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Sunday, December 8, 2013

CDC's Camp Lejeune study links birth defects to marine base's drinking water

A company of Marines participate in
 a 10 kilometer training march carrying
 55 pound packs during Marine Combat
 Training (MCT) on February 22, 2013
 at Camp Lejeune, North Carolina.

Scott Olson, Getty Images
We reported about the contamination at Camp Lejune sometime back. A recent study confirms contamination. Today's post is shared fom

A long-awaited study by the U.S. Centers for Disease Control and Prevention (CDC) shows a link between tainted tap water at a U.S. Marine Corps base in North Carolina and increased risk of serious birth defects and childhood cancers.

The study released late Thursday by the CDC's Agency for Toxic Substances & Disease Registry is based on a small sample size and cannot prove exposure to the chemicals caused individual illnesses. It surveyed the parents of 12,598 children born at Camp Lejeune between 1968 and 1985, the year most contaminated drinking water wells were closed.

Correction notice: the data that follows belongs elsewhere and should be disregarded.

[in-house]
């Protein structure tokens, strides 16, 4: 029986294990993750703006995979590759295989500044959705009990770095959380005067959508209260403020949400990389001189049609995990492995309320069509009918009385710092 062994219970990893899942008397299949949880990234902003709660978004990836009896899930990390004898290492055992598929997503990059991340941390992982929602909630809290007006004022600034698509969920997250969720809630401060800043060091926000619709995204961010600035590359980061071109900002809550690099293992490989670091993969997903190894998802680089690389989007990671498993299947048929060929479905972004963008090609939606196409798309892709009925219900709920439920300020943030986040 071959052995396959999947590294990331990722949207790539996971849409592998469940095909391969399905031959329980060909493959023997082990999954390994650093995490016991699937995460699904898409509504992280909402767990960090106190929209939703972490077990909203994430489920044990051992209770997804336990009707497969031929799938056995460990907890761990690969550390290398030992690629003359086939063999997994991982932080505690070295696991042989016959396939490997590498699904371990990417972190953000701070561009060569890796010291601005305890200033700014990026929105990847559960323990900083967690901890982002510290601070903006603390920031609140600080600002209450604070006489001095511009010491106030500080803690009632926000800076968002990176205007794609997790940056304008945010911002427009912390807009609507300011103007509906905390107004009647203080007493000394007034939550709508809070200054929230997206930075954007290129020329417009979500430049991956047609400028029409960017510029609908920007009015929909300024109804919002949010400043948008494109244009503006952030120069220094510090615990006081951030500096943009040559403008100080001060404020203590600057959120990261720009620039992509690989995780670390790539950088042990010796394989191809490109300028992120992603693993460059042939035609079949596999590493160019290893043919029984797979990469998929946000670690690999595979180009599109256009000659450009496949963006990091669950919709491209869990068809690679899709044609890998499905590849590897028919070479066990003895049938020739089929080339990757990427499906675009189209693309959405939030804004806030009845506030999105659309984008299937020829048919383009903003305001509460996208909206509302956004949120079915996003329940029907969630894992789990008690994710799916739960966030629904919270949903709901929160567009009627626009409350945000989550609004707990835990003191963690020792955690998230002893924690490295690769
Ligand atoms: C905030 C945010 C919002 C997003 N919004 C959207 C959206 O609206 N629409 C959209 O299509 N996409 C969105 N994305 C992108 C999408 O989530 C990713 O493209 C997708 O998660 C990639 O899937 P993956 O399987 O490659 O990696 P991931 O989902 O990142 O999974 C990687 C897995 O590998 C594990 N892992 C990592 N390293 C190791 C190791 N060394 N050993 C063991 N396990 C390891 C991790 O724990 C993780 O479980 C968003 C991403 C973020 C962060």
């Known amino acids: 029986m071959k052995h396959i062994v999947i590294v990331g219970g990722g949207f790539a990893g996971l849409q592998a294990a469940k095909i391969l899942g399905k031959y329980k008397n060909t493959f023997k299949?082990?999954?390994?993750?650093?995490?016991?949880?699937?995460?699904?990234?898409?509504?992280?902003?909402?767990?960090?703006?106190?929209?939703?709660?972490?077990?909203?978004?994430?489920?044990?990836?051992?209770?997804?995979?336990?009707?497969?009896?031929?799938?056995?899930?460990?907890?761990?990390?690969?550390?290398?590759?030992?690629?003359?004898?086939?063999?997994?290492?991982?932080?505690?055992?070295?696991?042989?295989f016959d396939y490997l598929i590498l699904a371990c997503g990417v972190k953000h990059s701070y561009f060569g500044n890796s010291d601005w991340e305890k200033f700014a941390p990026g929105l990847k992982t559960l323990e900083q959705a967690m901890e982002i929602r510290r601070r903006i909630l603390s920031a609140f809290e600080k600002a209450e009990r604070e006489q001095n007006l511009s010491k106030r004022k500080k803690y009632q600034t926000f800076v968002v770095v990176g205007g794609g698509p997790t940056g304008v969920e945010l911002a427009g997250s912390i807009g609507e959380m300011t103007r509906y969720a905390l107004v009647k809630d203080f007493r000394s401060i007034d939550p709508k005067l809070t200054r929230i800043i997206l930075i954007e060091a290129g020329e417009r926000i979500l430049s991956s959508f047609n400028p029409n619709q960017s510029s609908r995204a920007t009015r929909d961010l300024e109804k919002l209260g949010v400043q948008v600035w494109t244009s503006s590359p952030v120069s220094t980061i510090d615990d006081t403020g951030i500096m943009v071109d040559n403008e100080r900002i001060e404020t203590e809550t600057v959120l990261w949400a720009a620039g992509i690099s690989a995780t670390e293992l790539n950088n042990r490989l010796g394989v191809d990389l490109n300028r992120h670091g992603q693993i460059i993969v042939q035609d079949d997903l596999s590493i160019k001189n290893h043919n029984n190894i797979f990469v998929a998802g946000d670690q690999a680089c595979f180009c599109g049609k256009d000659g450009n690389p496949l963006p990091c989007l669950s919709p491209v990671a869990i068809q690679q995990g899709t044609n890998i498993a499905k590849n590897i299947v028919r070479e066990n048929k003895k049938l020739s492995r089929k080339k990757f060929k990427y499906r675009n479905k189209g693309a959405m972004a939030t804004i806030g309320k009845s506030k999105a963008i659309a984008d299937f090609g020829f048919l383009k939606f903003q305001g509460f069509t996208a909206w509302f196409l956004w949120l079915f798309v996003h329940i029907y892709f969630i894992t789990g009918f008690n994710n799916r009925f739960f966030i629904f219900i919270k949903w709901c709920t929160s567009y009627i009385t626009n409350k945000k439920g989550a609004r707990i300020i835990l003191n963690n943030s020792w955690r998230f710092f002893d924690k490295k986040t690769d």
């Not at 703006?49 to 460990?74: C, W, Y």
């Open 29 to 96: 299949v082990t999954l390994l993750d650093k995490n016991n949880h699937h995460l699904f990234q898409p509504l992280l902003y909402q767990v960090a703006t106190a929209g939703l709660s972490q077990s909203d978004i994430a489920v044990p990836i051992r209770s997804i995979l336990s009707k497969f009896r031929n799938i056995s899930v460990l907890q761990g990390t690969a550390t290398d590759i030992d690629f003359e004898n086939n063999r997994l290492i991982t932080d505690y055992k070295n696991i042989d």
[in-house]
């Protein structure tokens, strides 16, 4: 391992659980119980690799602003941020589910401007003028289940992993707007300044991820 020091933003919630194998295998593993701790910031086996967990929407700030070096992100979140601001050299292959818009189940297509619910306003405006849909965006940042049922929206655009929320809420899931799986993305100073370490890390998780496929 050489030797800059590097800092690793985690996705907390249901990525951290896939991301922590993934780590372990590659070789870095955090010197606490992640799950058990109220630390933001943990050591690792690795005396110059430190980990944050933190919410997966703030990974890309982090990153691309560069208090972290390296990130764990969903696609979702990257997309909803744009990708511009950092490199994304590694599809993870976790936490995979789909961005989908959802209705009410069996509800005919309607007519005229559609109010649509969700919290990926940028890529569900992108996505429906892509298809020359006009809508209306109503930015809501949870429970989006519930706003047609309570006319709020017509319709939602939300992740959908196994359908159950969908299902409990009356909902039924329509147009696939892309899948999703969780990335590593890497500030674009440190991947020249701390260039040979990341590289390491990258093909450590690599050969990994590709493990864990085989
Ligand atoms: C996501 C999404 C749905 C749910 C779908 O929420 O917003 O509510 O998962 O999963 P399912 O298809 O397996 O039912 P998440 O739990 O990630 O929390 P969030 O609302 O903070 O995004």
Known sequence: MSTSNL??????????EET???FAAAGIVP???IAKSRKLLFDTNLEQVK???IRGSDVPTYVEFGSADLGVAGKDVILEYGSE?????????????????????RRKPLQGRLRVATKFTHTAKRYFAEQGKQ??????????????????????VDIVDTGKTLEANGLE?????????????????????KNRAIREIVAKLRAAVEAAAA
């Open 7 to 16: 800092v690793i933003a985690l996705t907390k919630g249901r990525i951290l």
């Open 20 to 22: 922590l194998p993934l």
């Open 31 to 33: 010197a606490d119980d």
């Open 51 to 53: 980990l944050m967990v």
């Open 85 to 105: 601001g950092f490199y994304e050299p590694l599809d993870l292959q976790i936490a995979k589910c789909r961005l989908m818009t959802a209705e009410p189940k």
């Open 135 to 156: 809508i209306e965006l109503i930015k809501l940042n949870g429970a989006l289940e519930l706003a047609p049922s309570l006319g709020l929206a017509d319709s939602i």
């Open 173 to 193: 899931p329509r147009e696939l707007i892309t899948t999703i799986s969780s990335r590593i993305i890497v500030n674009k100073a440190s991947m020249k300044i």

The study looked back in time and was designed to see if there was a link between exposure to certain chemicals and certain health problems that developed later.

The study concludes that babies born to mothers who drank the tap water while pregnant were four times more likely than women in similar circumstances who did not consume the water to have such serious birth defects as spina bifida. Babies whose mothers were exposed also had a slightly elevated risk of such childhood cancers as leukemia, according to the results.
The CDC was able to confirm 15 cases of spina bifida and anencephaly, 24 oral clefts and 13 cancers.'

More than 100 cases of birth defects and...
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